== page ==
For centuries Pompeii has provided the
opportunity to study a single moment in 1st Century Roman Campania.
In recent decades many scholars have chosen to examine the development
of the city and began to excavate the strata below the AD 79 level.
Others, such as Sumiyo Tsujimura, who has surveyed the ruts and
commented on a system of traffic, believe that synchronic investigation
has not been exhausted.
This study continues and expands upon that theme and its evidence.
The examination of street intersections in Regio VI has identified
diagnostic patterns of wear on curbstones and distinct rutting which
demonstrate the direction of traffic. Markings on curbstones - caused
by the repeated abrasion of cart wheels in the same location - indicates
a presence and volume of wheeled traffic, locates that presence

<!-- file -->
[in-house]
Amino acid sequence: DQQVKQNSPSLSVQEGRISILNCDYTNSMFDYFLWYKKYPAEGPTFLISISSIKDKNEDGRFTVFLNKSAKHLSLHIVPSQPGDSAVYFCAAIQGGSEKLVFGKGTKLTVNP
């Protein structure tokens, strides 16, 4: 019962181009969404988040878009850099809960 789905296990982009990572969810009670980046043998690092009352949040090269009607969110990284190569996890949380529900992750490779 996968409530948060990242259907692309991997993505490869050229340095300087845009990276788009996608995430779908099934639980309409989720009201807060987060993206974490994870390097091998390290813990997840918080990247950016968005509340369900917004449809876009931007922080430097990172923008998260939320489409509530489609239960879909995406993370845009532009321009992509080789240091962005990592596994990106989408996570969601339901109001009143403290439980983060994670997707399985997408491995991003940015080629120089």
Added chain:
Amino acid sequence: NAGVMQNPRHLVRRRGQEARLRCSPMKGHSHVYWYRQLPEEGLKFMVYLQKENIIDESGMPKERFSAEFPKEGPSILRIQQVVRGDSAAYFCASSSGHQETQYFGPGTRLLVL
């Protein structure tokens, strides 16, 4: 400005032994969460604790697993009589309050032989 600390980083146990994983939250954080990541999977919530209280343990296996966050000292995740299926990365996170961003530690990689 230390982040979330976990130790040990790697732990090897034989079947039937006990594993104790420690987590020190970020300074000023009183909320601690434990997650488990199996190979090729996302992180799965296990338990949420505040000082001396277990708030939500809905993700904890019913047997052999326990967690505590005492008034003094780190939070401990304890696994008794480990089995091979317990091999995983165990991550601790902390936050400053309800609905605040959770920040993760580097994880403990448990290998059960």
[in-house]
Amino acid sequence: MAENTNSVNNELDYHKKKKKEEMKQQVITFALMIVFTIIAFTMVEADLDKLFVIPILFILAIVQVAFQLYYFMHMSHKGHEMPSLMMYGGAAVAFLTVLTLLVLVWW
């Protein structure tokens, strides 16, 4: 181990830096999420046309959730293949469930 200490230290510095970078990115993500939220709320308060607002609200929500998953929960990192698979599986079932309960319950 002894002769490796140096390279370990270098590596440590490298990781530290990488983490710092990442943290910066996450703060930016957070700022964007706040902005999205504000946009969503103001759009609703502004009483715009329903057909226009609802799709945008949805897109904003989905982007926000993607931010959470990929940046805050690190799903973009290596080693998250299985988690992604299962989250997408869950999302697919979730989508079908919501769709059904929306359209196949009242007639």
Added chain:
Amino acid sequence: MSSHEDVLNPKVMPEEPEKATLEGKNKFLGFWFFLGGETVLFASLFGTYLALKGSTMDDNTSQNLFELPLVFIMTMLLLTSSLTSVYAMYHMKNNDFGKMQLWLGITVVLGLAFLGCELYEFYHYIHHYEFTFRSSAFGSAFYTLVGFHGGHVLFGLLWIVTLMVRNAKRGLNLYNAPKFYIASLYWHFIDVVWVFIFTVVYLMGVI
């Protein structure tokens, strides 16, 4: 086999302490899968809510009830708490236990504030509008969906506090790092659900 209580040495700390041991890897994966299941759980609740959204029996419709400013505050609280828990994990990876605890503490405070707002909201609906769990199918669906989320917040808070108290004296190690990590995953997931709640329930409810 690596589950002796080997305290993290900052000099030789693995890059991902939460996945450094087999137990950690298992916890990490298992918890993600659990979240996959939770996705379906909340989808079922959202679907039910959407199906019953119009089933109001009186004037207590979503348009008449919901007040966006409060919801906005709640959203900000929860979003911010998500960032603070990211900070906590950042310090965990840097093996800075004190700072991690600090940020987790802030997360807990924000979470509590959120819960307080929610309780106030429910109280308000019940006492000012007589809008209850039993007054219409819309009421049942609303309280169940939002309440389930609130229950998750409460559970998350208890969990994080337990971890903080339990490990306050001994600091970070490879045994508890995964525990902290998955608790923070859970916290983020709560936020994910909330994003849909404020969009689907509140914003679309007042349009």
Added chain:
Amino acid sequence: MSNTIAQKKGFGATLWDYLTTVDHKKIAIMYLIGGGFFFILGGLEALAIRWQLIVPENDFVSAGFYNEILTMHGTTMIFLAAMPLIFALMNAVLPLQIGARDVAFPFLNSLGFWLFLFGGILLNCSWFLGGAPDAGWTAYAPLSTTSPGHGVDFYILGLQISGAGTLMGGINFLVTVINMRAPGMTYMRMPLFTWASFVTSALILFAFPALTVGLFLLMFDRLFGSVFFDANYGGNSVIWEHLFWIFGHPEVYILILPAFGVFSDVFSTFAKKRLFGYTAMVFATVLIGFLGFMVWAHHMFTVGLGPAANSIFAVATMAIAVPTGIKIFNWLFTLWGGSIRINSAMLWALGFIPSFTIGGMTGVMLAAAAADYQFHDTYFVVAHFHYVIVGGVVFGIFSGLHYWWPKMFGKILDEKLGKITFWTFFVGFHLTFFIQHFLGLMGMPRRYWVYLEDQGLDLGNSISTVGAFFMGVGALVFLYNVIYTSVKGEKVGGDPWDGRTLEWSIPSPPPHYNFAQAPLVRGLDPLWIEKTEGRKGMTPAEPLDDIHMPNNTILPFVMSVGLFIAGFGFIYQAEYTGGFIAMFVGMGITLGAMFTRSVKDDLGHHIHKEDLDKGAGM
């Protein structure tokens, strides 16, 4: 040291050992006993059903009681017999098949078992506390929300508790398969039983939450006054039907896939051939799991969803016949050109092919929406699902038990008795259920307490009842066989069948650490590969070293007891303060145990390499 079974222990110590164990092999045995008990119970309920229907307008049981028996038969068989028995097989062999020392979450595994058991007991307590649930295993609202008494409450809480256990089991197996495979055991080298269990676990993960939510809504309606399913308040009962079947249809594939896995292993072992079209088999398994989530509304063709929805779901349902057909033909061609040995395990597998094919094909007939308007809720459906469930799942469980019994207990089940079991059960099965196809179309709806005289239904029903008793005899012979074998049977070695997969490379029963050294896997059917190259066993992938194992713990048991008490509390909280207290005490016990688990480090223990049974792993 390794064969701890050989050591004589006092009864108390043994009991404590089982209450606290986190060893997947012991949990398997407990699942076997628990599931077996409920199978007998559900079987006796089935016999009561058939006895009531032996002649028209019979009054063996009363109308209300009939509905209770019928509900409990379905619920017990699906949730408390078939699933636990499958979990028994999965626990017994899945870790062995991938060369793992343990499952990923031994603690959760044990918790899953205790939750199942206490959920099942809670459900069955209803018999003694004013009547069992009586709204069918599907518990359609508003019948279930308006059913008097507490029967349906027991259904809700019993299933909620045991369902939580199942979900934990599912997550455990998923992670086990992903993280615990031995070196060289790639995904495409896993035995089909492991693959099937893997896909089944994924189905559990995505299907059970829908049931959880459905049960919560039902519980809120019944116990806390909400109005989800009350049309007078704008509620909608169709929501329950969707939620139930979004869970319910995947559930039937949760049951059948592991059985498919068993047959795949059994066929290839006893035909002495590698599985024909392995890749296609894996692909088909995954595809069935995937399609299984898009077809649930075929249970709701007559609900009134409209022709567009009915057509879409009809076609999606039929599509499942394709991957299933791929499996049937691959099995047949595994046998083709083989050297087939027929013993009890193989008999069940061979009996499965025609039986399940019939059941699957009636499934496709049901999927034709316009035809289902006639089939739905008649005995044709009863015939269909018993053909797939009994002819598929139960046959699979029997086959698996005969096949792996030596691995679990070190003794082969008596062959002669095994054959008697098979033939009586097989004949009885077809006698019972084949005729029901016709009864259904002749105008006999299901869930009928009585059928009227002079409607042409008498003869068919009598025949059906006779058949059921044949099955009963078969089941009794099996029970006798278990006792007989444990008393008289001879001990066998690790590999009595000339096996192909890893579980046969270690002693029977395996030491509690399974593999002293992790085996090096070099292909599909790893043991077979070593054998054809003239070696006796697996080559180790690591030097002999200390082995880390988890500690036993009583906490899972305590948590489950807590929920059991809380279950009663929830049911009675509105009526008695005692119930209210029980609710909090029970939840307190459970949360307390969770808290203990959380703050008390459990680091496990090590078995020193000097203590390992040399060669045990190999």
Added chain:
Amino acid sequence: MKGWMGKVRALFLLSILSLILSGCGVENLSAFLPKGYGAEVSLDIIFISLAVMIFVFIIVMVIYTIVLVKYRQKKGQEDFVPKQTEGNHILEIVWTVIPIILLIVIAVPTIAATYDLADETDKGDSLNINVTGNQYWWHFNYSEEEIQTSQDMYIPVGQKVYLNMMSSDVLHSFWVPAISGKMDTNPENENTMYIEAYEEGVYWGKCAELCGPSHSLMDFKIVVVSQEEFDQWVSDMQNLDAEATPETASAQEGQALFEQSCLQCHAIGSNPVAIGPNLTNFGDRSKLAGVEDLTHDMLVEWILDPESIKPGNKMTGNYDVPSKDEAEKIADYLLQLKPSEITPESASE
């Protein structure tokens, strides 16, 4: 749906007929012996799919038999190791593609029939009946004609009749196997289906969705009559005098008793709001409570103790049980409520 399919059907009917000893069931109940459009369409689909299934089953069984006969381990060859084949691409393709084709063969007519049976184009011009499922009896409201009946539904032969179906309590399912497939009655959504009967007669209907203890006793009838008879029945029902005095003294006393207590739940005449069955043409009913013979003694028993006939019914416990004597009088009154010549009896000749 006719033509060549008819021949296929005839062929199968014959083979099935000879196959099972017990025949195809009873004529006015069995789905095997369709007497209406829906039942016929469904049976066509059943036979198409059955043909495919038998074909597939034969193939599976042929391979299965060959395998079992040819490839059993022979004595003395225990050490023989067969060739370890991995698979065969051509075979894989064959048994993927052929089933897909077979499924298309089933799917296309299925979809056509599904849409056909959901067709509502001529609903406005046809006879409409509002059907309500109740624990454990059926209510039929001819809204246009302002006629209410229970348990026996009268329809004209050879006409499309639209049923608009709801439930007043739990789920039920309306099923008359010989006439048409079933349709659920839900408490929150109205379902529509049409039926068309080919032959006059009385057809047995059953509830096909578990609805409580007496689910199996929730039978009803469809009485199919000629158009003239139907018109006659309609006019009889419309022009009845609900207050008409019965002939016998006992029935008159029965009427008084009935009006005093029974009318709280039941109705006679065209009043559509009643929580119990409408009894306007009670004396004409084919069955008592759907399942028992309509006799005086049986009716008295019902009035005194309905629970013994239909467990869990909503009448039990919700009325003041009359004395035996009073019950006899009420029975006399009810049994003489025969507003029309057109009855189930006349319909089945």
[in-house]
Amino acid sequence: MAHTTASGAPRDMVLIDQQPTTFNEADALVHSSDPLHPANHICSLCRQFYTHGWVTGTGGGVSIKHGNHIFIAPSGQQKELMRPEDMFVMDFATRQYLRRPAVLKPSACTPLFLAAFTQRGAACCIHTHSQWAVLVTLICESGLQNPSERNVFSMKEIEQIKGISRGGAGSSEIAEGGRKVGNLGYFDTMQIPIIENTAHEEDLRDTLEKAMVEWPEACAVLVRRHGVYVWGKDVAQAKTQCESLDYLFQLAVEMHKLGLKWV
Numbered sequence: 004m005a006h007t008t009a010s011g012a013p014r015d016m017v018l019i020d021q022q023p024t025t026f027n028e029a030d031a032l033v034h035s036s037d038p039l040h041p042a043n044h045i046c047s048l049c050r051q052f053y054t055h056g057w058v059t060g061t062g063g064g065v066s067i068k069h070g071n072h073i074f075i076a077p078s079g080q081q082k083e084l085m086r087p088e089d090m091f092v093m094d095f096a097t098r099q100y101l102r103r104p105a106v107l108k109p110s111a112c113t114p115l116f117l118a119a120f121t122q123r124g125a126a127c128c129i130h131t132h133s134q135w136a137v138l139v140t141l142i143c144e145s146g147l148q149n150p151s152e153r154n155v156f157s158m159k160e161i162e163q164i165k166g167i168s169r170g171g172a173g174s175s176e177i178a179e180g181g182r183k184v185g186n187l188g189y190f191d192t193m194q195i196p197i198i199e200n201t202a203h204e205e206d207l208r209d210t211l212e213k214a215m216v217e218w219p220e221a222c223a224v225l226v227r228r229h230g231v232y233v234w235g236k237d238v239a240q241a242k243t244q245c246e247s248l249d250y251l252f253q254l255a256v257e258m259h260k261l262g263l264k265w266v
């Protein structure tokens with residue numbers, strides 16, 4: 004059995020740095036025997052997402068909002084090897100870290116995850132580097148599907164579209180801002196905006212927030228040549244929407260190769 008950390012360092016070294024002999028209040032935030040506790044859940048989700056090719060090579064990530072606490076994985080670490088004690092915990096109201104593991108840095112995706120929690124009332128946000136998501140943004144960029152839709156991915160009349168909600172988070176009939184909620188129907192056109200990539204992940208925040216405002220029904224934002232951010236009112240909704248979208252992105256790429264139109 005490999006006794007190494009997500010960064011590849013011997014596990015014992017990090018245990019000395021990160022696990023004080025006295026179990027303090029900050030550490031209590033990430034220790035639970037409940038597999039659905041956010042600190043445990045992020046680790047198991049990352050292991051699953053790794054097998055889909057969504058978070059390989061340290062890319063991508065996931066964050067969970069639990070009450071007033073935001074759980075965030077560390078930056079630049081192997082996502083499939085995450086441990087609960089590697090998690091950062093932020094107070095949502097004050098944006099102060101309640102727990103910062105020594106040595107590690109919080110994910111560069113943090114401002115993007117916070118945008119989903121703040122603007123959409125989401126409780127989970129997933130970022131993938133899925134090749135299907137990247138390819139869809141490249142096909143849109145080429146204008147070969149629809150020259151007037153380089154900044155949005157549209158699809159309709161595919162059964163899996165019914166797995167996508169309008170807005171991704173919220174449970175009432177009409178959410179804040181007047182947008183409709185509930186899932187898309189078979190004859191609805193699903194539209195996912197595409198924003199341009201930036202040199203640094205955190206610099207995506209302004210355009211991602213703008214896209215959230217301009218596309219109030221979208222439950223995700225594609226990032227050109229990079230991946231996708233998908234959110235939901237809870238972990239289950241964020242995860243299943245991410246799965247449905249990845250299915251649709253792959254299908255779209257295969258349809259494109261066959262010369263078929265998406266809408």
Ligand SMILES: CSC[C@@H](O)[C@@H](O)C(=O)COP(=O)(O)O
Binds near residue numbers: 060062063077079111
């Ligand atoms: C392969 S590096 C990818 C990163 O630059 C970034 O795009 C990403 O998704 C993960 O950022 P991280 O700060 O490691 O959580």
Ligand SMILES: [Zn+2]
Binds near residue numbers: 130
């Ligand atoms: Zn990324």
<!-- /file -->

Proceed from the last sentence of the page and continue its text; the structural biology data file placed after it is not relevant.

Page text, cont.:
along the right curb, and shows the direction which traffic turned
at intersections. Aggregation of the surveys at intersections, combined
with the linking evidence of ruts along the length of a street,
creates a synchronic 'road map' of traffic in the northwest region
Diachronic elements were not ignored, however, in this research.
Evidence for the evolution of the current street system has been
observed in its construction. Some paving events are distinguishable
in chronology by being discontinuous and abutting other paving events.
On some sections, the rutting adjusts to avoid datable (relatively)
objects such as fountains or is absent due to a blockage.